Stock Number: 265664
Make: Ottawa
Model: C150
Year: 2003


Stock Number: EQC007597
Make: Komatsu
Model: FG25T-16
Year: 2008


Stock Number: EQU002464
Make: Kalmar
Model: DCD450-12CSG
Year: 2004


Stock Number: 268556
Make: CAT
Model: DP70 CAB
Year: 0


Stock Number: EQC008570
Make: Genie
Model: GS2032
Year: 2005


Stock Number: 232044
Make: Magnum
Model: MMG35
Year: 2013


 
Komatsu Propane Forklift

Komatsu Propane Forklift

Does Cold Temperature Really Affect a Propane Tank Level Gauge?
Propane is like the majority of other types of materials in that it is affected by cold temperatures. The propane gas contracts as the temperature does down. That reduced level of gas inside the tank is reflected by the gauge which reflects the level on the tank. Often, this comes into play whenever a homeowner checks the gauge in cold conditions and sees the amount of the tank level before and after delivery. Depending upon the climate, the tank level may not rise as much as anticipated.

Propane Tank Level Gauge
The gauge on a propane tank shows you what portion of the tank is full. Normally, tanks are not filled over 80% in order to allow the gas to expand on hot temperatures. Like for instance, a 500 gallon tank, at a reading of 80 percent at normal temperatures reflects about 400 gallons of propane inside the tank. This is about how much is able to be stored.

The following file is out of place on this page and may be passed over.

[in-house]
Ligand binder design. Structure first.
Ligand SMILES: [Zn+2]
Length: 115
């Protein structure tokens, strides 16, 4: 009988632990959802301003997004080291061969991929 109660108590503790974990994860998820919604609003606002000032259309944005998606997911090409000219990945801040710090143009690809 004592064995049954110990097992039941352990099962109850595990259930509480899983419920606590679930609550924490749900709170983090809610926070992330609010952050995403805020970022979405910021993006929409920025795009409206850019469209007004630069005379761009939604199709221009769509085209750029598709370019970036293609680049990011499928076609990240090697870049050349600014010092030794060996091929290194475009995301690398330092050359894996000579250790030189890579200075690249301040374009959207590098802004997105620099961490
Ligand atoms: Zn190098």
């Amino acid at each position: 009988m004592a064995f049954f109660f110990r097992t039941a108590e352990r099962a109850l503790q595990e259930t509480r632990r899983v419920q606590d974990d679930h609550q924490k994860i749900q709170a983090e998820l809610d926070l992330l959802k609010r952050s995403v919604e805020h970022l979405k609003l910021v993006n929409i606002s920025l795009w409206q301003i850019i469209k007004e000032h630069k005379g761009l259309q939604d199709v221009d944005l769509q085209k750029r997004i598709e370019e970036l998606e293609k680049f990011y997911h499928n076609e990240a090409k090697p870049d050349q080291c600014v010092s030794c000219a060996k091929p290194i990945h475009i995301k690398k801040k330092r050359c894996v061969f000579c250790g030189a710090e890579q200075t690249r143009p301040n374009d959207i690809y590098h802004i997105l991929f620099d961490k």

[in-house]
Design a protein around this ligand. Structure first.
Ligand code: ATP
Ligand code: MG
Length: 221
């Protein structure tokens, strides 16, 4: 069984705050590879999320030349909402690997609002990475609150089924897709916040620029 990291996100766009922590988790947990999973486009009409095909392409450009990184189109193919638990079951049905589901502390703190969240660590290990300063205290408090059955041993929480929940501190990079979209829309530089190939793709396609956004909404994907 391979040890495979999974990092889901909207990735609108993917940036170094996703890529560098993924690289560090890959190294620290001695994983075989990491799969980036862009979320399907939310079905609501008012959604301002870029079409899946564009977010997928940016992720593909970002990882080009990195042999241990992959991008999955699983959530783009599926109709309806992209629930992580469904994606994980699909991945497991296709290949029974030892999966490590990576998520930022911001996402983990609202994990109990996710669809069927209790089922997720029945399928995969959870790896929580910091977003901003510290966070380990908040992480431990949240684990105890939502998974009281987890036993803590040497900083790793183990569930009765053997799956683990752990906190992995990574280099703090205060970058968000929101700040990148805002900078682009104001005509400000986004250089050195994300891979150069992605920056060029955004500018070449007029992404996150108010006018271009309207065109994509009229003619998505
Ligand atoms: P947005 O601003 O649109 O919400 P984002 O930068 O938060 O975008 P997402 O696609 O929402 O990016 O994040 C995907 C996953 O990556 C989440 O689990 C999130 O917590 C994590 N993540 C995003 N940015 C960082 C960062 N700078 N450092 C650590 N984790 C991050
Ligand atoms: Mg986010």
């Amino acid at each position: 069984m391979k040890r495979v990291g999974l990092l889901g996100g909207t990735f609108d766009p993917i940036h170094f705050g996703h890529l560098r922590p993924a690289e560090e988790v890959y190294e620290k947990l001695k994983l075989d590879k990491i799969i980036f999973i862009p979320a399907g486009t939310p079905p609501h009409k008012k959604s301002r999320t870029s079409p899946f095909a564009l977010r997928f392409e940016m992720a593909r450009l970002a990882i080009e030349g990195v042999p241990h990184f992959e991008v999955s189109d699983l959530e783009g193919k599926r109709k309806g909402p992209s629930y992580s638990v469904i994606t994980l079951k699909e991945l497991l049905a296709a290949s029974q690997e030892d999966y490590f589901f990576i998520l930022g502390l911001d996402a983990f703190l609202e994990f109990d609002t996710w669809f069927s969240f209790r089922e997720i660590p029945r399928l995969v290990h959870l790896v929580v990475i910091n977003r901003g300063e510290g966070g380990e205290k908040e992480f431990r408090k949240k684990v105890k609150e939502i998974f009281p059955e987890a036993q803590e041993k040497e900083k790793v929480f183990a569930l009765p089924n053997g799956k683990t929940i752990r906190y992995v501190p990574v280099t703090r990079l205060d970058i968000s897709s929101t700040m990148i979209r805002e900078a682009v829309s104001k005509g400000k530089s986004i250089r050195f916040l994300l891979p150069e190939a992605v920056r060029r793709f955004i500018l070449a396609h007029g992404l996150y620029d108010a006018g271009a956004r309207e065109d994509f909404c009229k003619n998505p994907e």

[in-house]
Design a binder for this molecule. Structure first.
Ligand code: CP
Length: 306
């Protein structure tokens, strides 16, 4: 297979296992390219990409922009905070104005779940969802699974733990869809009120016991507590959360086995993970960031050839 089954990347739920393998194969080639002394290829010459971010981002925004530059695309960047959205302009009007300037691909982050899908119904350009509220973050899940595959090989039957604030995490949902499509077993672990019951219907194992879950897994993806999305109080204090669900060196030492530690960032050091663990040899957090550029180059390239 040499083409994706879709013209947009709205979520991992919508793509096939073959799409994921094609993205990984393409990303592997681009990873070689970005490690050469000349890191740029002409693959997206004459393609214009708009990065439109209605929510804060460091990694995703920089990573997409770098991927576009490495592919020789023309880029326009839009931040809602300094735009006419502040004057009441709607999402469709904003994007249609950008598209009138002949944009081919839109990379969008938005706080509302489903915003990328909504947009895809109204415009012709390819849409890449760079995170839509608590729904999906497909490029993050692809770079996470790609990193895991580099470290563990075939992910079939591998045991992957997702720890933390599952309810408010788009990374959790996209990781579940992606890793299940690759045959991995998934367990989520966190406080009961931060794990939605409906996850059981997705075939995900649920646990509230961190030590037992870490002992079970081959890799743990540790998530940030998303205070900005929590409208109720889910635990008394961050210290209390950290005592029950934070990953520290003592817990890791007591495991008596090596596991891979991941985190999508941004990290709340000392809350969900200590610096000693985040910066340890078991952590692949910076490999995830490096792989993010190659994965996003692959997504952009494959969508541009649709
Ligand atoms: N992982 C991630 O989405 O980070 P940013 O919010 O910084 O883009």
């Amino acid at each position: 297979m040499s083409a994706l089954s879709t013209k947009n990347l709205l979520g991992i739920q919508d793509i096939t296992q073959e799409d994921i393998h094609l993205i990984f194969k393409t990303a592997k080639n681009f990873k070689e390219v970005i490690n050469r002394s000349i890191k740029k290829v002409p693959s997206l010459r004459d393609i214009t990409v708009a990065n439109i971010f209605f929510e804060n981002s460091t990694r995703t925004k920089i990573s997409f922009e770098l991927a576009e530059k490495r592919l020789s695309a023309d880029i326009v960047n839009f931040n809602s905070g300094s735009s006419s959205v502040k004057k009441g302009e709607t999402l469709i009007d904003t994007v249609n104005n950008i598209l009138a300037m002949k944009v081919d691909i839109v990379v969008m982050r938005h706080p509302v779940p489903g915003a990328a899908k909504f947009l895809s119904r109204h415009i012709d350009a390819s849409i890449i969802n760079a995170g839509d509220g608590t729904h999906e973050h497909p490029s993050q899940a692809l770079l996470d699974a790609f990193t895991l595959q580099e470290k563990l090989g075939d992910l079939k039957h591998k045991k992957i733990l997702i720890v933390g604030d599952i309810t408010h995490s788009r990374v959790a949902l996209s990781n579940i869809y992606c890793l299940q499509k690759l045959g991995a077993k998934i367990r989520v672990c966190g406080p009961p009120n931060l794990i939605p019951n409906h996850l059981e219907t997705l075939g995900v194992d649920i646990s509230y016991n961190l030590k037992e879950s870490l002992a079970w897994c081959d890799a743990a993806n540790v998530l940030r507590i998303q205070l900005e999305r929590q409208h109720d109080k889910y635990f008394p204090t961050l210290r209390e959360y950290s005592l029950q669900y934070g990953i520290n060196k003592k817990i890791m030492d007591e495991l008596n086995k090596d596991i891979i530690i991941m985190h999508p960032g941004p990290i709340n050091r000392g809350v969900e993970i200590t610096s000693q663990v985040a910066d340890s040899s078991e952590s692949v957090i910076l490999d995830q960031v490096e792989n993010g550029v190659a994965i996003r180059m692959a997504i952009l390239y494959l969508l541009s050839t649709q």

Normal Temperatures
The propane industry manages the popular website Propane 101, which considers the propane reference point to be an exterior temperature of 60 degrees. For instance, if the gauge reads 50 percent of capacity on a day when the temperature is near 60 degrees, then a 500 gallon tank would have about 250 gallons of propane. If the temperature that day is much lower than 60 degrees, the gauge would read lower. Also, if the temperature is much higher than 60 degrees, the gauge would actually read higher due to the expansion of the gas.

Effect of Contraction and Expansion
According to the information provided by the propane industry website, the amount of energy contained within the tank does not really change when the gas expands or contracts. The amount of propane itself has not changed, but just the density of the gas has changed.

Cold-Weather Delivery
The homeowner who orders 100 gallons of propane will receive around 424 pounds of propane. With the delivery of 100 gallons, the homeowner with a 1000 gallon propane tank can expect the guage to go up by 10%. These numbers will be correct if the temperatures were near 60 degrees at the time of delivery. If the delivery happened during colder weather conditions, these chillier temperatures will cause a smaller increase reading on the propane gauge.

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